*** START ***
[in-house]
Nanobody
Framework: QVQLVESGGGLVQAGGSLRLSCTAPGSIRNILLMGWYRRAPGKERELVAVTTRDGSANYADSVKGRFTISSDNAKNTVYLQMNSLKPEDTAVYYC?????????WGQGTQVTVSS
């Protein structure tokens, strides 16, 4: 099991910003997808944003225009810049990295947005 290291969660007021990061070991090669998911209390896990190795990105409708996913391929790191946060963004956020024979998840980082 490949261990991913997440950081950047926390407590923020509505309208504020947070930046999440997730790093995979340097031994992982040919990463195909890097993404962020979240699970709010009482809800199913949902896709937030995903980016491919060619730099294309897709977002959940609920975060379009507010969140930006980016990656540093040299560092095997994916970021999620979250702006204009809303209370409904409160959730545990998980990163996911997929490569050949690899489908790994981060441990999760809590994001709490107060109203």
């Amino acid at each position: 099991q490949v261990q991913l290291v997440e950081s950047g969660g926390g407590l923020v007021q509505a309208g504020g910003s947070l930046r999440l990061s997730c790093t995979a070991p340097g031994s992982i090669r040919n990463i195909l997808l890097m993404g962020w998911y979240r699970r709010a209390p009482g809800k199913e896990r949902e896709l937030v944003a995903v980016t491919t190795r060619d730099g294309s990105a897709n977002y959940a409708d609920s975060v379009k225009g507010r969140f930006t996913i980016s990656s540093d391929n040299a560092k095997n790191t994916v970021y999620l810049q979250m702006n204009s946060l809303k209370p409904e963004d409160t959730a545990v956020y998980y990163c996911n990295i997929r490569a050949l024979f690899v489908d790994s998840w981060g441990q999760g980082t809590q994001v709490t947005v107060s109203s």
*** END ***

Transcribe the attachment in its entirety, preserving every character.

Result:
[in-house]
Nanobody
Framework: QVQLVESGGGLVQAGGSLRLSCTAPGSIRNILLMGWYRRAPGKERELVAVTTRDGSANYADSVKGRFTISSDNAKNTVYLQMNSLKPEDTAVYYC?????????WGQGTQVTVSS
């Protein structure tokens, strides 16, 4: 099991910003997808944003225009810049990295947005 290291969660007021990061070991090669998911209390896990190795990105409708996913391929790191946060963004956020024979998840980082 490949261990991913997440950081950047926390407590923020509505309208504020947070930046999440997730790093995979340097031994992982040919990463195909890097993404962020979240699970709010009482809800199913949902896709937030995903980016491919060619730099294309897709977002959940609920975060379009507010969140930006980016990656540093040299560092095997994916970021999620979250702006204009809303209370409904409160959730545990998980990163996911997929490569050949690899489908790994981060441990999760809590994001709490107060109203």
């Amino acid at each position: 099991q490949v261990q991913l290291v997440e950081s950047g969660g926390g407590l923020v007021q509505a309208g504020g910003s947070l930046r999440l990061s997730c790093t995979a070991p340097g031994s992982i090669r040919n990463i195909l997808l890097m993404g962020w998911y979240r699970r709010a209390p009482g809800k199913e896990r949902e896709l937030v944003a995903v980016t491919t190795r060619d730099g294309s990105a897709n977002y959940a409708d609920s975060v379009k225009g507010r969140f930006t996913i980016s990656s540093d391929n040299a560092k095997n790191t994916v970021y999620l810049q979250m702006n204009s946060l809303k209370p409904e963004d409160t959730a545990v956020y998980y990163c996911n990295i997929r490569a050949l024979f690899v489908d790994s998840w981060g441990q999760g980082t809590q994001v709490t947005v107060s109203s």